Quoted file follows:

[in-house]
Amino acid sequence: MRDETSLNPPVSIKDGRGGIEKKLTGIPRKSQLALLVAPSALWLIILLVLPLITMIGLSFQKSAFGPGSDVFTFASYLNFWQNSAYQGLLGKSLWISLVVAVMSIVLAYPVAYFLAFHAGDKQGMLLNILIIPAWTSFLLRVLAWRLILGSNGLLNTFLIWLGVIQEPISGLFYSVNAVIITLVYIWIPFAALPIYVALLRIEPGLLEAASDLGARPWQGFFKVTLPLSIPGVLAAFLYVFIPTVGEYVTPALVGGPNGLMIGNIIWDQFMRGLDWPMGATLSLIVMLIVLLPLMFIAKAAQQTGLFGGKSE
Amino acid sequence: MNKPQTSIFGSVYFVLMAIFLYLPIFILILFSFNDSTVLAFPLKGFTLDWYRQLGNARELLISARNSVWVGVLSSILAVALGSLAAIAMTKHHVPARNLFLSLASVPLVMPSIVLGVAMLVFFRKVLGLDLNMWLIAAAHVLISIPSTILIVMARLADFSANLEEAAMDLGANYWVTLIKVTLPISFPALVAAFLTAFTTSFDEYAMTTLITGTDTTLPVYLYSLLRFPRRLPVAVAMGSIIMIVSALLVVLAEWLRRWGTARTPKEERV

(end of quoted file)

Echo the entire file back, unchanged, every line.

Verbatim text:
[in-house]
Amino acid sequence: MRDETSLNPPVSIKDGRGGIEKKLTGIPRKSQLALLVAPSALWLIILLVLPLITMIGLSFQKSAFGPGSDVFTFASYLNFWQNSAYQGLLGKSLWISLVVAVMSIVLAYPVAYFLAFHAGDKQGMLLNILIIPAWTSFLLRVLAWRLILGSNGLLNTFLIWLGVIQEPISGLFYSVNAVIITLVYIWIPFAALPIYVALLRIEPGLLEAASDLGARPWQGFFKVTLPLSIPGVLAAFLYVFIPTVGEYVTPALVGGPNGLMIGNIIWDQFMRGLDWPMGATLSLIVMLIVLLPLMFIAKAAQQTGLFGGKSE
Amino acid sequence: MNKPQTSIFGSVYFVLMAIFLYLPIFILILFSFNDSTVLAFPLKGFTLDWYRQLGNARELLISARNSVWVGVLSSILAVALGSLAAIAMTKHHVPARNLFLSLASVPLVMPSIVLGVAMLVFFRKVLGLDLNMWLIAAAHVLISIPSTILIVMARLADFSANLEEAAMDLGANYWVTLIKVTLPISFPALVAAFLTAFTTSFDEYAMTTLITGTDTTLPVYLYSLLRFPRRLPVAVAMGSIIMIVSALLVVLAEWLRRWGTARTPKEERV